Purified Bulk 12.5 ml 7.3×10102.3×14 3103 82 74
The data presented in
As is apparent from the data presented herein, these second generation techniques for the preparation and purification of AAV result in substantially improved methods as compared with those described previously.
Exemplary media for growing the Adenovirus helper and for preparing rAAV are detailed in the following Table:
Phenol Red, Na Salt
Pluronic Polyol F-68
*add appropriate amount of NaCl for osmolality of 300 mOsM (+ or −20 mOsM)
C. Purification of AAV Vector Using Heparin Sulfate Chromatography
As discussed above, chromatographic techniques can be employed to further purify and concentrate AAV preparations in acccordance with the present invention. By way of illustration, a preparation of AAV which is in crude form (e.g. lysate), or which has been eluted from an anion-exchange or cation-exchange column and/or concentrated by tangential flow filtration can be purified by binding to a column comprising heparin sulfate. The AAV can then be eluted from such a column using a buffer containing a salt (e.g. a linear gradient of NaCl).
As illustrative of the use of heparin sulfate chromatography, AAV obtained from a “PI” pool (as described below in Example 9) was first concentrated four-fold and diafiltered into TMEG+100 mM NaCl using a 300K tangential flow filtration membrane. The concentrate was then injected on a 1 ml heparin sulfate column (Pharmacia “Hi-Trap Heparin” column), and eluted using a linear gradient of NaCl.
In another set of production runs, we used 3-4×109 cells grown in a Cell Factory, using DMEM+10% FBS as the growth medium. Cells were infected with Ad at an MOI of about 20, and harvested at 72 hours post-infection. Harvested cells were suspended in TMEG+NaCl at a concentration of about 5×106 cells/ml. After mechanical lysis (microfluidization, 2 passes at 8000 psi), lysates were treated with Benzonase (25 units/ml, 37 degrees C, one hour), and then filtered through a 5 micron filter (Pall Profile II).
As an exemplary anion exchange column, we employed the POROS 50 PI column (available from Perseptive Biosystems). Briefly, the filtrate was loaded onto the column in about 100 ml and eluted with a gradient of NaCl to 500 mM. Fractions determined (by infectivity assay) to contain the majority of the AAV were collected and pooled (referred to as the “PI pool”).
The PI pool was then diluted about 1:7 in TMEG and loaded on a 50 ml Toso Haas SP650C column, and eluted with a gradient to 500 mM NaCl. Fractions determined (by infectivity assay) to contain the majority of the AAV were collected and pooled (referred to as the “SP pool”). The SP pool was concentrated using a Centriprep 10K filter, and then was sterilized by passage through a 0.2 micron filter.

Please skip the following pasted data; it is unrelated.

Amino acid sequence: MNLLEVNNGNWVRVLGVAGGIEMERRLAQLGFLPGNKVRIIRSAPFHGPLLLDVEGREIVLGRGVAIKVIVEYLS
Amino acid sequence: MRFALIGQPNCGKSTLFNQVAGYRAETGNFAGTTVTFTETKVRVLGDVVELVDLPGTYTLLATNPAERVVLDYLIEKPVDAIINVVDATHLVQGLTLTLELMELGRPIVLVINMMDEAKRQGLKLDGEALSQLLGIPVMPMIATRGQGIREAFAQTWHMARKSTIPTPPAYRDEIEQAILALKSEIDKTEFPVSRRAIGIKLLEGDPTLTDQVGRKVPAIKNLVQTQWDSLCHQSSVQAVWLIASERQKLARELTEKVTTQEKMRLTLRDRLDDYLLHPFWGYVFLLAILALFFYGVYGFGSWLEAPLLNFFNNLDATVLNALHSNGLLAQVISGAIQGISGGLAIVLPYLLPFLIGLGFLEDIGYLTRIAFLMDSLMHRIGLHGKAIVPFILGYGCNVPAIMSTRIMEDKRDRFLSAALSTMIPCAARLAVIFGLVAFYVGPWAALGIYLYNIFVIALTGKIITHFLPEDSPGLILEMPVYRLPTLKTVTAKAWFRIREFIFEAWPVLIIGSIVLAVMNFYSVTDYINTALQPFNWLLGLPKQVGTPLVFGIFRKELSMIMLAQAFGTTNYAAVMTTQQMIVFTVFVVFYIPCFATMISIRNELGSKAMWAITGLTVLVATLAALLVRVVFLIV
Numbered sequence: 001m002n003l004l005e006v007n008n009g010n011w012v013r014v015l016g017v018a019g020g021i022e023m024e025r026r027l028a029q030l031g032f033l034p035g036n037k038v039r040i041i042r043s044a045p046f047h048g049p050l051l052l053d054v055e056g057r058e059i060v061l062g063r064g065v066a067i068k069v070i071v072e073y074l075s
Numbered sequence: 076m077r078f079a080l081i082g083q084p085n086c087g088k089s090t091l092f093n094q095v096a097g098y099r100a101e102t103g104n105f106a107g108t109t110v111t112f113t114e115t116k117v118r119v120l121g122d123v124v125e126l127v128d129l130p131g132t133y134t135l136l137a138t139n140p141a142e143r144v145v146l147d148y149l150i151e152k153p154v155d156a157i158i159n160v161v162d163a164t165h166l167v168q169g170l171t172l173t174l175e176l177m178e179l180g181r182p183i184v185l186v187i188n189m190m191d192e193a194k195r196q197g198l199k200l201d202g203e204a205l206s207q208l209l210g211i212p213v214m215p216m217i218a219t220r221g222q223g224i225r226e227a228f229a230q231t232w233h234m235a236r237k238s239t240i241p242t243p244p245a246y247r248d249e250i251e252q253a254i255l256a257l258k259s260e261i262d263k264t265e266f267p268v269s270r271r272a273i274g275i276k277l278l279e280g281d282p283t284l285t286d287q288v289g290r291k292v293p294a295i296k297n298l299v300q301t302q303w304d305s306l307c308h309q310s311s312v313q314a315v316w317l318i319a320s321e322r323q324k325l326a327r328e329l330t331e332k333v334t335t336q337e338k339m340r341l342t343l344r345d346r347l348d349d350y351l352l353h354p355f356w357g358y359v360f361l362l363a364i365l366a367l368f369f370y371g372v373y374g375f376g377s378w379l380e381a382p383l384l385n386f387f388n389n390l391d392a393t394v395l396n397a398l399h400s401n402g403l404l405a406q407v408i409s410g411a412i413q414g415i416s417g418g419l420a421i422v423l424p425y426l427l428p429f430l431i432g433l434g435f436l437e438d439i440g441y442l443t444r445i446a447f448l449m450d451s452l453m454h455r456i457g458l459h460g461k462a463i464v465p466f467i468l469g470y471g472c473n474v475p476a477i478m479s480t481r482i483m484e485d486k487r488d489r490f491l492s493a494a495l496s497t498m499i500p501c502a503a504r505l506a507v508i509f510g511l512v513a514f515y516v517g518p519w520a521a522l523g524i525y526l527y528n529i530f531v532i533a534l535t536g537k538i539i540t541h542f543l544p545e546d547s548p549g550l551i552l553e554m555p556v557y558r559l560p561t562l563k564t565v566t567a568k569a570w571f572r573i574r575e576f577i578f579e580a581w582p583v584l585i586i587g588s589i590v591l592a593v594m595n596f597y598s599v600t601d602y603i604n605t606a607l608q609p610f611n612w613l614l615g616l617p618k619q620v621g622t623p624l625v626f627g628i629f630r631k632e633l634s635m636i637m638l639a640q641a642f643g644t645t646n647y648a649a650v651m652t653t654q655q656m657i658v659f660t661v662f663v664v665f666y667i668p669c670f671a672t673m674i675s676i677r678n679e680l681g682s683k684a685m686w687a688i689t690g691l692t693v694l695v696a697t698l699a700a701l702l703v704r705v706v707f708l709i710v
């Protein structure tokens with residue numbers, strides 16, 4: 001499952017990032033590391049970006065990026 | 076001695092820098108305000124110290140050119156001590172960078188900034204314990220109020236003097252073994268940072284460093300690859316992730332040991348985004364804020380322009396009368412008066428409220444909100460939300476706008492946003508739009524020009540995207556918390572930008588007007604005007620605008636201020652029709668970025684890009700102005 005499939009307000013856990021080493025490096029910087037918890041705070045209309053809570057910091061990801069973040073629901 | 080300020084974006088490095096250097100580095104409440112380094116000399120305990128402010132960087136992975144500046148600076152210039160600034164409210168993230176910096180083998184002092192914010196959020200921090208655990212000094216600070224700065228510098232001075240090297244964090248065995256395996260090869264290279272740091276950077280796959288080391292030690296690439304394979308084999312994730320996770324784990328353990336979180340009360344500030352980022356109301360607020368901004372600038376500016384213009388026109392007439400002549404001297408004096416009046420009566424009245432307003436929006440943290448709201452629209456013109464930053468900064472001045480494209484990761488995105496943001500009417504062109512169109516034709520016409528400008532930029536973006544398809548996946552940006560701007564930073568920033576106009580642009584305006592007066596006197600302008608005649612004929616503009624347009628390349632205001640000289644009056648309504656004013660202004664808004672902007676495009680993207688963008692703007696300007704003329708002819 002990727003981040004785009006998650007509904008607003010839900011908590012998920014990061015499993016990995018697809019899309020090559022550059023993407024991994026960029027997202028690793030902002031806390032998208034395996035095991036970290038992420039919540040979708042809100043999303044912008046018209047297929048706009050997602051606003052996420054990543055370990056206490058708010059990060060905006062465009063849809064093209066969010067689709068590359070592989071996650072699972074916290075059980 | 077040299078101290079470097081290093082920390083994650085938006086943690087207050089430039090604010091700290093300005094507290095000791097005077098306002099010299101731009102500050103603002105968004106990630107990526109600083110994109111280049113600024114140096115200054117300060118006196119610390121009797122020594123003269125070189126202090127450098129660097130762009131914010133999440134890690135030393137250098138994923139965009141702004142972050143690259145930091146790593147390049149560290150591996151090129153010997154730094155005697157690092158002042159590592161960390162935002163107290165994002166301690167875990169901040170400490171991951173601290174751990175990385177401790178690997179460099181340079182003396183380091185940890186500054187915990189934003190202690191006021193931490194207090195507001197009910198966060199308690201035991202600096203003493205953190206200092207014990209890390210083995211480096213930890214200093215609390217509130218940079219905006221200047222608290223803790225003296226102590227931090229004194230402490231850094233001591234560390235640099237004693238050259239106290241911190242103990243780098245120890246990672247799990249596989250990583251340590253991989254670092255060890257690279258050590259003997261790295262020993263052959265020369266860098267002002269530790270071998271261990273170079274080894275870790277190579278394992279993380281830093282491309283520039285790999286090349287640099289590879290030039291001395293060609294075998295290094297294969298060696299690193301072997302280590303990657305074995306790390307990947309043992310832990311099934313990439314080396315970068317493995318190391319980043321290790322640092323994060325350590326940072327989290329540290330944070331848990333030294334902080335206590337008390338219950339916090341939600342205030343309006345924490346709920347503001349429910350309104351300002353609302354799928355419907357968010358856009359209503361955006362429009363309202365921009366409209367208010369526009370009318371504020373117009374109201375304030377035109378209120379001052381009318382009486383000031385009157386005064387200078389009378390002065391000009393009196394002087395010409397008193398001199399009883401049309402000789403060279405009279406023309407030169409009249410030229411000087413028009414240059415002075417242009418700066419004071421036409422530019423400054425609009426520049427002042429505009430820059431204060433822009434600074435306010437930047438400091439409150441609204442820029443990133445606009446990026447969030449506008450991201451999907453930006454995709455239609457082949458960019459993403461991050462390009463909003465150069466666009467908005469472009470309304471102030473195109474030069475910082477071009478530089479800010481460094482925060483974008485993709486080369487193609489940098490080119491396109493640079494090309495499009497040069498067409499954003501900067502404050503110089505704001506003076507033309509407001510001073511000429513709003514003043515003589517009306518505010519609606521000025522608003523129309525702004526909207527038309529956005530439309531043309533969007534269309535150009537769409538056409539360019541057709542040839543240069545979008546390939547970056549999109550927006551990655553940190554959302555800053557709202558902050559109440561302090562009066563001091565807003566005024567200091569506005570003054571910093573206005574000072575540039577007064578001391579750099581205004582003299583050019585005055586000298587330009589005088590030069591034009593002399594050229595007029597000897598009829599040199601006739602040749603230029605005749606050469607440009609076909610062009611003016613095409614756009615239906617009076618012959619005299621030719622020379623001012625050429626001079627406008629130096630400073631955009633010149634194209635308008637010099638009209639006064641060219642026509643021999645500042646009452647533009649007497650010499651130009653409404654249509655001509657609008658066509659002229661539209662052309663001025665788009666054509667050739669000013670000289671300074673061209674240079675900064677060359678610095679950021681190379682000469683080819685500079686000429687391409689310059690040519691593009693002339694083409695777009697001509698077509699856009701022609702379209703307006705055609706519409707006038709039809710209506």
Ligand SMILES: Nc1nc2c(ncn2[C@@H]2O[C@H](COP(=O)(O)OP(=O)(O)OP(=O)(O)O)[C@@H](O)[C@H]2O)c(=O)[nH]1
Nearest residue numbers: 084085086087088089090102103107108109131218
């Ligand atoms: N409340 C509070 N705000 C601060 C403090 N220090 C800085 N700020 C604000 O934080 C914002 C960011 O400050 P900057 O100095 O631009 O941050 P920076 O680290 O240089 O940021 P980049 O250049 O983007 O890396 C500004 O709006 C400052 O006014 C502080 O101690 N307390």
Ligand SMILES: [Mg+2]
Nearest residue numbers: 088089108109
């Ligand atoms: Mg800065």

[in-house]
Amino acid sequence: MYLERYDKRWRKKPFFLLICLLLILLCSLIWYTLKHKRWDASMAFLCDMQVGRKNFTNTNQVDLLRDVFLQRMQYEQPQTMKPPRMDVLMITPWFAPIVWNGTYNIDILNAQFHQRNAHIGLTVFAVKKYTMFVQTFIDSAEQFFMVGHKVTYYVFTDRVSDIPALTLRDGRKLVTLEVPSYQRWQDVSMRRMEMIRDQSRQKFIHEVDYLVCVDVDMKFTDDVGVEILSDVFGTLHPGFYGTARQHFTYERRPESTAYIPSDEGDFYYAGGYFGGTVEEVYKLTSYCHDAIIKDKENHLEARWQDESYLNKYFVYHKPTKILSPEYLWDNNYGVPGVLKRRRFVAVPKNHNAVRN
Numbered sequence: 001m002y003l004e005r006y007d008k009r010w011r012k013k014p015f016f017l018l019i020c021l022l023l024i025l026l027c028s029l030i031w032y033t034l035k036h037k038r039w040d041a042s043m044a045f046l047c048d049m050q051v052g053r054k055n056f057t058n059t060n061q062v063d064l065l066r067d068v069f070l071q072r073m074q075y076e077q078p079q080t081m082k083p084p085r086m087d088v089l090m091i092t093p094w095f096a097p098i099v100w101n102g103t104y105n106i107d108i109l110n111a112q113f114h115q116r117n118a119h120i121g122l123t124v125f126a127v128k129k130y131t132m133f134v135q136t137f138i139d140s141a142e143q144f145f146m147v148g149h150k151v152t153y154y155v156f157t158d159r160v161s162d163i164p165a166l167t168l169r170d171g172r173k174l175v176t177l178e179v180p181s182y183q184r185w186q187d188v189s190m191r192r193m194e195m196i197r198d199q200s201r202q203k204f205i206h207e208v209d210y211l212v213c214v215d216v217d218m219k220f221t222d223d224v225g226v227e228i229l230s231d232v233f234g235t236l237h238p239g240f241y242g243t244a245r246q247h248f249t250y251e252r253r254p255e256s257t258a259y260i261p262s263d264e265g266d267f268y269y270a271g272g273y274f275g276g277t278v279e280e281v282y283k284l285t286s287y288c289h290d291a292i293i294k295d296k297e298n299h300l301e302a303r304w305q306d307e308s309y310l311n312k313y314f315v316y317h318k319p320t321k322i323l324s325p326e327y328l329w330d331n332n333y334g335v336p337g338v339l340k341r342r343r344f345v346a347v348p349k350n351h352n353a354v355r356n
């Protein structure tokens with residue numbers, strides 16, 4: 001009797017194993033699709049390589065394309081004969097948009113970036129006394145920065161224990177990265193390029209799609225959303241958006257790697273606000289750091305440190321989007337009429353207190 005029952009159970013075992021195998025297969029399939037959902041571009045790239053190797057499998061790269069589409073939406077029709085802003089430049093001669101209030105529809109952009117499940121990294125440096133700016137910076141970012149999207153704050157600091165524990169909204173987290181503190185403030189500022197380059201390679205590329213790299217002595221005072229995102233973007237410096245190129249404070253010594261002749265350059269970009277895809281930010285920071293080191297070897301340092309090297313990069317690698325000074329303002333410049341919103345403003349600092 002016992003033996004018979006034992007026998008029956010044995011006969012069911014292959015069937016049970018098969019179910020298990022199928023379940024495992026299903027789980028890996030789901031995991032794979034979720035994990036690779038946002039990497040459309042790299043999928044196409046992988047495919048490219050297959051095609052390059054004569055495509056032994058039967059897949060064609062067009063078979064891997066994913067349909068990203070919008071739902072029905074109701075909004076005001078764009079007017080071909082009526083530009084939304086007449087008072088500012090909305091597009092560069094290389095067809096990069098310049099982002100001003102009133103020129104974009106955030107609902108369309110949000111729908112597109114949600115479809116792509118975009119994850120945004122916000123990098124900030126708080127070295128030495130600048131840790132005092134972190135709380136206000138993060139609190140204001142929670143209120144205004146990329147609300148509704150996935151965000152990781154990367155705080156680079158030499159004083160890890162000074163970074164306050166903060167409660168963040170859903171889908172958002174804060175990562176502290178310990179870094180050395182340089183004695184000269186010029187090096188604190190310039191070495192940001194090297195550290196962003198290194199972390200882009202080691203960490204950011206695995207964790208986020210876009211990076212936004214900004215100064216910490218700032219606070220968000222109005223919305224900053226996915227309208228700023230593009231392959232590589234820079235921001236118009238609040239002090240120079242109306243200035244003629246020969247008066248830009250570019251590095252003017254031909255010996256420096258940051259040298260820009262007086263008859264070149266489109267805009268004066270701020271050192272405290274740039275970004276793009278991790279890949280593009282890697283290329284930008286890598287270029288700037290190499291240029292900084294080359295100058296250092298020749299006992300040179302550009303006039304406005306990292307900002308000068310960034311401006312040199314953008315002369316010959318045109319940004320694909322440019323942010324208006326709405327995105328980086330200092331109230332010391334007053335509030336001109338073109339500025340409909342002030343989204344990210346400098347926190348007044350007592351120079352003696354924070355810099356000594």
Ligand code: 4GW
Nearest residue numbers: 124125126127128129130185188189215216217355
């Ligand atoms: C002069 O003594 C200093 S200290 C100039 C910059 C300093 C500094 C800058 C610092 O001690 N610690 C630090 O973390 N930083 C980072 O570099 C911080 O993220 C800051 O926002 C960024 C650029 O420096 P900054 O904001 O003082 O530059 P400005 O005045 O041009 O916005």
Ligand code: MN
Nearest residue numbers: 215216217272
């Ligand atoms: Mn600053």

The results revealed that the recombinant AAV was essentially free of detectable infectious adenovirus (as determined by limit of detection analysis with serial amplification on 293 cells and TCID50 assay). The preparation was also essentially free of adenoviral DNA (as determined by slot blot analysis), essentially free of cellular proteins (as determined by SDS-PAGE gel analysis), of cellular DNA (determined by PCR analysis), and was also essentially free of phenotypically wild-type AAV (as determined by serial amplification and Southern analysis).
As discussed above, it is believed that AAV production can be enhanced using any of a variety of agents and/or conditions that effectively stress (or de-optimize) growth or metabolism of the AAV producer cells. In this example, it is shown that the depletion of certain amino acids as occurs during culture is associated with a relative enhancement in AAV production; and, conversely, that media supplements to remove the nutritional stress actually result in a dramatic reduction in vector yield.
(a) Nutritional stress during batch and perfusion culture
JL14 cells were inoculated at about 4×105 cells/ml in 2 liter bioreactors and grown in the rAAV medium shown in Table 2 in either batch mode or by perfusion (using tangential flow filtration, day 1 at 0.4 volumes/day, days 2-3 at 1.2 vol./day, day 4 at 2 vol./day and day 5 at 4 vol./day). Cultures were monitored for cell density, glucose, lactate and amino acids using standard techniques.